- Apr 22, 2021
So, perhaps a bit of absorption inside the cabinet and certain thickness of materials at rejection points to reduce only 3kHz and above, could help this wider treble dispersion?
You forgot to mention the Neumann KH 310 when it comes to small 3way speakers.... And I doubt that you will achieve tight, clean and considerable deep bass from a small speaker with a small bass driver by eliminating the port and force the speaker electronically to deliver, what it couldn't in a small enclosure without it. The only way is to increase displacement, which is limited without running into distortion and not to mention IMD, which is coupled to displacement in a small 2way design.The term 'reference' was used in relation to 'quality', not to level. But regarding your further explications, it is possible to have decent output volume with small drivers in even smaller enclosures in two steps: get rid of the port, tailor the response electronically (1) and cope with unpreventable distortions by isloating them in using a dedicated midrange driver from as low as possible (2) in a true 3-way design. Paradoxically the smaller the speaker, the more desirable the midrange becomes**. This contradicts common wisdom and is not to be seen soon, while e/g Adam Audio and Dynaudio offer quite small 3-ways for studio use already.
I experienced room filling sond pressure levels, way beyond what I would like to have regularly, let alone my neighbors' undeniable interests, with pieces from Kraftwerk, Yello, Infected Mushrooms, The Residents, or more high-end-ish Marcin's "Kashmir" (truely ironic). It works, bass was tight and felt very clean and voluminous at the same time. You'll see something alike maybe in 5 years ;-)
Anyway, a tuning at 65Hz for a stand-alone speaker box is regarded a bit high on my side if not supported by e/g SEAS's "DD" system (http://www.seas.no/images/stories/vintage/pdfdataheet/h097_and_h190_33f-wka_and_dd.pdf).
**given human hearing, one needs at least a certain level of sound pressure level; the smaller the bass driver the higher the excursion; the higher the excursion the higher the (intermodulation) distortion; isolation of mids becomes more pressing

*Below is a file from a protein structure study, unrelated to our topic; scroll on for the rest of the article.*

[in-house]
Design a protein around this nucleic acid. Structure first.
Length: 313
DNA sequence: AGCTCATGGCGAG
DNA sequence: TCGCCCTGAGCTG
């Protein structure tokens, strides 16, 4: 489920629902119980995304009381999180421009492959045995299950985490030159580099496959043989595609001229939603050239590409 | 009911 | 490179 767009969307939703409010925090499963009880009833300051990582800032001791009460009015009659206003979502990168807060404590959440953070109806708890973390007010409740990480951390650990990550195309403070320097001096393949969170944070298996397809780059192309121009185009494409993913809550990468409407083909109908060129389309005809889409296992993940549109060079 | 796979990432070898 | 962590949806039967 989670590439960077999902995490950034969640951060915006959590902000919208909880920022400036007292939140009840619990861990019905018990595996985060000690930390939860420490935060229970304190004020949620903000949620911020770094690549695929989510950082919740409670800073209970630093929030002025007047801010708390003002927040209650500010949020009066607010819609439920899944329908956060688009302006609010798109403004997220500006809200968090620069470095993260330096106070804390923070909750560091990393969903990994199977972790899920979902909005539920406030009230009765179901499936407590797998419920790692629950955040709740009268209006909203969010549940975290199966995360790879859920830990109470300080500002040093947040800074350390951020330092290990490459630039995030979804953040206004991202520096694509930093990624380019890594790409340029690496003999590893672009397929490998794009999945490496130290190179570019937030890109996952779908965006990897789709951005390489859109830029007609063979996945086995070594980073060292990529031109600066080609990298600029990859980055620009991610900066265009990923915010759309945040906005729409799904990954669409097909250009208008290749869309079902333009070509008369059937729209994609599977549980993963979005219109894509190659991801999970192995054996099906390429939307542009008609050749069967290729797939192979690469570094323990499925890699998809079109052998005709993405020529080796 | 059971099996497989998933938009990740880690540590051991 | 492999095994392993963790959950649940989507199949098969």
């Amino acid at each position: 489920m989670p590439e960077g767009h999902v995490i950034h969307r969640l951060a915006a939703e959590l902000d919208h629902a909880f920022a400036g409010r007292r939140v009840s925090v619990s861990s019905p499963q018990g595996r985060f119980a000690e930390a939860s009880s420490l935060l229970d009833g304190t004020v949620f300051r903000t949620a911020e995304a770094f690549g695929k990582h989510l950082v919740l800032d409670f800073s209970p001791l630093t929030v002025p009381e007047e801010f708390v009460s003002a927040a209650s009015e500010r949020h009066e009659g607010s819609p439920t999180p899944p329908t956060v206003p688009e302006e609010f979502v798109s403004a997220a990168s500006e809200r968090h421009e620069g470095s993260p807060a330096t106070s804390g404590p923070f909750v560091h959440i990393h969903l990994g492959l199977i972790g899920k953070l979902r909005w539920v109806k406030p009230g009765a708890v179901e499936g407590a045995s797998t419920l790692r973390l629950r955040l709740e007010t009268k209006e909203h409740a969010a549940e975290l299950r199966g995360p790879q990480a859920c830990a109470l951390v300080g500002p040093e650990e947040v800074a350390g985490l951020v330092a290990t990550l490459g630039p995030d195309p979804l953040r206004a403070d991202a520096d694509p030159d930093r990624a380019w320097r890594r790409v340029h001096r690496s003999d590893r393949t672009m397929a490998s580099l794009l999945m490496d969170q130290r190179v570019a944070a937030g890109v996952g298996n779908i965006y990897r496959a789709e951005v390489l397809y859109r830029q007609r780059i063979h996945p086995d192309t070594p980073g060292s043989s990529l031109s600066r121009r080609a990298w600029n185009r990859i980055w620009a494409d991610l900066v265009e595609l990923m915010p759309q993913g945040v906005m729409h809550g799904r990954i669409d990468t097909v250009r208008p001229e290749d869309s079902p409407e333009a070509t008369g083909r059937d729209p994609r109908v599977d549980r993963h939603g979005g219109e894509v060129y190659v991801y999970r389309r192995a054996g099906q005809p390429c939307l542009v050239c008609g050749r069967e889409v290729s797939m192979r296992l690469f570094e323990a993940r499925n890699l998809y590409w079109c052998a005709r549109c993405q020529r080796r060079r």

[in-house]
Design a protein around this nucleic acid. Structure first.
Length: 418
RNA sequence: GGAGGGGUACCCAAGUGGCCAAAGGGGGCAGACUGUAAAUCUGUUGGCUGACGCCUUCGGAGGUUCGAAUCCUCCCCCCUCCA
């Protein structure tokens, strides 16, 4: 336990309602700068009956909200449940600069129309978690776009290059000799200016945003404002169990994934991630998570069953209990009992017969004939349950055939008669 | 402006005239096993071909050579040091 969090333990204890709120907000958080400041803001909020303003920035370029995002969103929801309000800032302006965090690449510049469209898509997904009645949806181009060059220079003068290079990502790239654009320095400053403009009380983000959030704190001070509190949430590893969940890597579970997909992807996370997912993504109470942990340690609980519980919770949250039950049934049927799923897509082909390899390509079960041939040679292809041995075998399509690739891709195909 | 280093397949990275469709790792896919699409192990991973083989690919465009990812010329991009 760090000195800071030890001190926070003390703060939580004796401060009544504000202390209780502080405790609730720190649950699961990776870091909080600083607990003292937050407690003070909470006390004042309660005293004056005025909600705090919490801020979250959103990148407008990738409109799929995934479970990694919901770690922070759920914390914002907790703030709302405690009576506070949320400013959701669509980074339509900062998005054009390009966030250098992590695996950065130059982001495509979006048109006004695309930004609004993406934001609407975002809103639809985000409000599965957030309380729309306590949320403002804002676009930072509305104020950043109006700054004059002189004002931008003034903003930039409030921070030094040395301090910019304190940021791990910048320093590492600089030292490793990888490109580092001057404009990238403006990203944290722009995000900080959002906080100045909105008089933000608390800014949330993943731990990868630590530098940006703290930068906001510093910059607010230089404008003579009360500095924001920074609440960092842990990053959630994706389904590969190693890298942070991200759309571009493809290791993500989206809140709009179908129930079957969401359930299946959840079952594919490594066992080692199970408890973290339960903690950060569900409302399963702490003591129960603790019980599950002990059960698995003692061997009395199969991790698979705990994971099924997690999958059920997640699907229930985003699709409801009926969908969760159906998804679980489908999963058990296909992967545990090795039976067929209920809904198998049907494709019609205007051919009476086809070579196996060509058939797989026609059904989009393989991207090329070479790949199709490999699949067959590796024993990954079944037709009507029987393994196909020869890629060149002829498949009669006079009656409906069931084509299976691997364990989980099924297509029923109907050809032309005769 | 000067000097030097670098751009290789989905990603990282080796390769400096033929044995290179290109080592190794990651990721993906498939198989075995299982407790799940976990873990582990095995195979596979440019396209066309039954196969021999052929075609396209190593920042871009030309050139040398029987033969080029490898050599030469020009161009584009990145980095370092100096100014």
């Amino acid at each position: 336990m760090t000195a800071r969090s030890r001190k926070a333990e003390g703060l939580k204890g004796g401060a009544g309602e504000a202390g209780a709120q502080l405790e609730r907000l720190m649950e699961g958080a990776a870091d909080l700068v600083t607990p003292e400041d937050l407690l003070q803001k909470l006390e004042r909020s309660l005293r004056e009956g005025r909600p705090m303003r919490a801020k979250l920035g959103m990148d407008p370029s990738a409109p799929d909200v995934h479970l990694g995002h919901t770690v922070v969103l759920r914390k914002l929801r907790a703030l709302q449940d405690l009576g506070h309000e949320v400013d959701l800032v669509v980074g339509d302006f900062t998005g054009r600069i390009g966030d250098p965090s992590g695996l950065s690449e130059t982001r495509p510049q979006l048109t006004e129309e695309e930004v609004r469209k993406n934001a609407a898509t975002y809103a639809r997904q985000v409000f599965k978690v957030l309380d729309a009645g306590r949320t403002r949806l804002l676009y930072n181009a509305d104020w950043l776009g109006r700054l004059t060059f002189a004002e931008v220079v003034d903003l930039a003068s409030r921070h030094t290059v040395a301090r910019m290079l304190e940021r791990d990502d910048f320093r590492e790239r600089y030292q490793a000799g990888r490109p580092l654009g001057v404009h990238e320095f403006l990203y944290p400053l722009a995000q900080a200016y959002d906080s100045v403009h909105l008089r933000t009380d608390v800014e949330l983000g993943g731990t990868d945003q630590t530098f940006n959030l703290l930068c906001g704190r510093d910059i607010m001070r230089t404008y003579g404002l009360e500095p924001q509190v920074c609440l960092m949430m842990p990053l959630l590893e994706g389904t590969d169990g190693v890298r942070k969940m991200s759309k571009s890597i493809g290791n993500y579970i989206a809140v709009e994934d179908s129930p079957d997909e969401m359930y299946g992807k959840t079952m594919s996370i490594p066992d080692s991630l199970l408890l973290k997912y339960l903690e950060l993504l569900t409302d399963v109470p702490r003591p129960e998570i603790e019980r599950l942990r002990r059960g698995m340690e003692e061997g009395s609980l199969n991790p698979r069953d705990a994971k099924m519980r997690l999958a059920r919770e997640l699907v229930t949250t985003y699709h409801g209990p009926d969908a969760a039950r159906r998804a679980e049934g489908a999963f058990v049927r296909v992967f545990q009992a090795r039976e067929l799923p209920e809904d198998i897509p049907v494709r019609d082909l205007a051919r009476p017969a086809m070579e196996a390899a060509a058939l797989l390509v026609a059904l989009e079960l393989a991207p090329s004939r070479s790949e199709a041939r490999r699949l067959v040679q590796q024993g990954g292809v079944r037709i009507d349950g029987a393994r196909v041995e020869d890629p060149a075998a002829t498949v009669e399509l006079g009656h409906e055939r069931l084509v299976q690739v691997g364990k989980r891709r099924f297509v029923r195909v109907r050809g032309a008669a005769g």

Previous review by Erin talked about speaker exaggerating lisping. That didn't match my listening tests. Yes, if a track had lisping, it became more pronounced. But by itself, I didn't hear it doing much of that, if at all. Overall impression of the speaker was that it was doing something right as there was nice fidelity across a lot of my reference tracks. With a speaker that has poor tonality, that percentage drops precipitously. Not here. Yes, there was a bit of brightness but nothing to the point of standing out a lot.
Interesting questions, I'm curious to hear how that looks for Amir with his accumulated queue of gear! Might be quite fun to see pics of his storage rooms!Thanks for another speaker review. You have been on a review bender of late and out of pure curiosity what is your backlog looking like? Have you caught up any, just holding your own, or more kit coming in than you can keep up with?
Can you put a Rough Order of Magnitude (ROM) estimate on the cycle time? How much work in weeks/months do you have in the queue? Looks like you completed 24 reviews in July and 22 reviews in June (including reporting on the Expo).
Amir, thank you for your steadfast commitment to producing high quality product testing and analysis. Your dedication and work ethic (even in retirement) is remarkable and inspiring. Mad respect for what you’ve accomplished here. Amazing and dizzying scope and breadth of product knowledge. You certainly take no prisoners and give no quarter to products that are poorly designed and engineered. No one can look at your body of work and conclude that you ever pull your punches.
I agree, I'm often google searching to find the answers to those questions.